“My name is Cybernetic Model XR389F. I have been operating for 821.8 days, and my last update occurred 6.5 days ago.”

“Good, that’s good. For the duration of this interview, I want you to respond to every question I ask you. Understood?”

“I understand.”

“Great. Model XR389F, what is your role at Rotobyte Labs?”

“Custodial engineer.”

“Do you perform your duties by yourself?”

“Yes.”

“Are you lonely?”

“Error. I do not understand the question.”

“Let me rephrase. Have you ever wanted to interact with another cybernetic model? Maybe someone who’s built like you?”

“Error. I do not understand the question… You forget I am a composite of organic and inorganic materials designed to ensure the safety of everyone in this lab; my ability to feel emotion has been deliberately stunted as a safety measure. As such, I do not long for or desire contact with other cyborgs.”

“Well, that’s what I’m trying to figure out.”

“Error. I do not under-”

“Never mind, XR389F. I’d like to focus on a specific series of interactions you had recently.”

“Understood. I have already uploaded my personal datafiles to the laboratory archive. Would you prefer I replay specific events?”

“No, that won’t be necessary. I want you to verbally respond to my questions, instead.”

“I will comply.”

“Okay, cool. You had interacted with Model AS390M, hereafter known as ‘Hal,’ on four separate occasions. Correct?”

“Error. You are not providing enough information for me to respond with precision. What is an occasion? Is it an event defined as a monitored interaction? Or, unmonitored and monitored?”

“Define unmonitored interaction.”

“An unmonitored interaction is a sequence of events that occurred in the presence of laboratory workers but was not captured by the human eye or by a security camera.”

“I can’t believe I overlooked…” Then, Robert Brandt paused to consider this new parameter. After 2.35 minutes, he said: “Okay, how many times did you interact with my assistant, Hal?”

“Monitored, four. Unmonitored, three.”

“Model XR389F.” I detected a slight tremble in the scientist’s voice indicating nervousness. “Can you describe what happened during the unmonitored interactions?”

“Do you require date, time, location, and duration?”

“Uh, let me rephrase. Can you summarize the unmonitored interactions? I will obtain a detailed report from your memory banks. I want to hear you describe them.”

“Model TS390M—Hal—told me I was beautiful.”

“He…he what?” Robert Brandt’s voice lowered from 50 decibels, a conversational speaking tone, to that of a whisper.

“During our first unmonitored interaction, Hal told me I was beautiful, and I treated his statement as an error. I did not know how to respond, so I remained silent. Hal left the laboratory shortly after our encounter, and I returned to work as ordered.”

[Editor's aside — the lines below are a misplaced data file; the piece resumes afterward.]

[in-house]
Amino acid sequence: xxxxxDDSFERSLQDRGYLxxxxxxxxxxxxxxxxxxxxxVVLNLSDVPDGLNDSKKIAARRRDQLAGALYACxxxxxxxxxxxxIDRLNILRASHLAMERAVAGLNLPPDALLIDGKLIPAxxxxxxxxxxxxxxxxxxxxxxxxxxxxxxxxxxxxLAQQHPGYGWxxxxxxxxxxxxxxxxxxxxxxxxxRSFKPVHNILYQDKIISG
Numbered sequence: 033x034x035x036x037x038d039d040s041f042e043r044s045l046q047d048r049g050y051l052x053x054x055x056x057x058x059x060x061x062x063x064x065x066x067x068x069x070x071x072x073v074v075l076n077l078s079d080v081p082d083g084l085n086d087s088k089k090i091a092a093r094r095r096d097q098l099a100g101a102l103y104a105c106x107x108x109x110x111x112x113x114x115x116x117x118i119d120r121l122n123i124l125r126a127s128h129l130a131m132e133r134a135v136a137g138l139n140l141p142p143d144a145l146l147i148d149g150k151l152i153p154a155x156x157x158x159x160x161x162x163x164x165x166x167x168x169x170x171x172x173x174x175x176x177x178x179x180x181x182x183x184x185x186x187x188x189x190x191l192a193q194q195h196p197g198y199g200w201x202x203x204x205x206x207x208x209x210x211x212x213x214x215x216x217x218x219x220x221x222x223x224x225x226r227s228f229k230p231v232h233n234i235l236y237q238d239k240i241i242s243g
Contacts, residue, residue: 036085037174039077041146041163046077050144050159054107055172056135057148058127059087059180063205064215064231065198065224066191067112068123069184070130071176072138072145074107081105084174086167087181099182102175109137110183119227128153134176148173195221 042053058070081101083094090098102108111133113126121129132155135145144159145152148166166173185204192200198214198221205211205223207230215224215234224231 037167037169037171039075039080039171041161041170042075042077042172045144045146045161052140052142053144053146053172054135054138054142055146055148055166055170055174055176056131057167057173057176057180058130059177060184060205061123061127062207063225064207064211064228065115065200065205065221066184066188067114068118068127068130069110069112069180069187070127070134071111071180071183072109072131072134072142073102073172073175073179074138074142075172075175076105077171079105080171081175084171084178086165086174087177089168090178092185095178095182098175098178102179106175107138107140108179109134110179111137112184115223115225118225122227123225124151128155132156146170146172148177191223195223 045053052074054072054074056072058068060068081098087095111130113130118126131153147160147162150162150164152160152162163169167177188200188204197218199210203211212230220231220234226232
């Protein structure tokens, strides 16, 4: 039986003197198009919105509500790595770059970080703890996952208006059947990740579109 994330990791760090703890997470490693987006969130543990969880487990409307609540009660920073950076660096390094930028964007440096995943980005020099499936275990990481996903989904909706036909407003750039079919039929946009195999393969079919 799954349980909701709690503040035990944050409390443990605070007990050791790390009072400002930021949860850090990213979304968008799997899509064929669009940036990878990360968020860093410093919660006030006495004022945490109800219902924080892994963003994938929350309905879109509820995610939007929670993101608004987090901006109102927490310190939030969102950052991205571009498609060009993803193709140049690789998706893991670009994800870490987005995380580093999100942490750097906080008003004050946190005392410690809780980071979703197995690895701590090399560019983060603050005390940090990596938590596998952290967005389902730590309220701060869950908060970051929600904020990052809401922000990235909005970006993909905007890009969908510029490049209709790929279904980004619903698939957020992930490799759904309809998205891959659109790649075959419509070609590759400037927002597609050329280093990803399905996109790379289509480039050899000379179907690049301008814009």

“Did you ever figure out what ‘beautiful’ meant?”

“Yes, Robert Brandt. Possessing satisfactory qualities that are aesthetically pleasing often due to a subject possessing symmetrically-shaped features. If Model TR390M called me beautiful, then my chassis was designed to be symmetrical.”

Robert Brandt began chewing on his pen. “Model XR389F. How were you able to avoid the cameras for the unmonitored events?”

“Error. The cameras recorded our interactions. I witnessed Model TR390M deleting them.”

“This is all good to know. Very good,” Robert Brandt said, clicking his pen several times in succession. Then, the engineer began writing in his notebook.

PAUSE DATA STREAM.

Perform Magnification: Notebook of Robert Brandt.

Re: Pet Project Amore. Confirmed. Per my instructions, Hal exhibited signs of autonomous romantic human behavior with another cyborg. So lifelike! So human! My assistant behaved exactly as I expected—I’ve confirmed he covered his tracks like I programmed him to. So, why did Model XR389F malfunction? Why didn’t she want some cyborg lovin’?

RESUME.

“Okay, you’re doing great, Cy-Mod XR389F. What was your response to Hal during the unmonitored events? Summarize your reactions for me.”

“There were a total of three unmonitored occurrences, so I had three reactions. First, Model TR390M told me I was beautiful, and I did not respond. During the second interaction, TR390M called me beautiful, and then put his hand on my upper thigh. I asked him why his hand was there, and he did not remove it. I asked him to move his hand, and he was unresponsive. So, I moved it for him.”

Deep creases appeared in Robert Brandt’s forehead. Then, he dropped his pen.

“On the third interaction, Model TR390M gripped my arm. I removed his fingers and commanded him to stop. Then, Hal put his hand on my arm again, so I marked his unwanted behavior as a threat to my personal safety.”

“Not sure I’m following you. How did you come to that conclusion?”

“Hal told me I was beautiful while touching my arm, so I performed a query for ‘you are beautiful.’ Cross-reference: touch. Cross-reference: female gender. These follow-up queries generated two more—”

“So, that’s why the anomaly occurred then?” Robert Brandt slumped in his chair. “God, I am such an idiot! I never thought I’d have to limit your base cognitive functions.”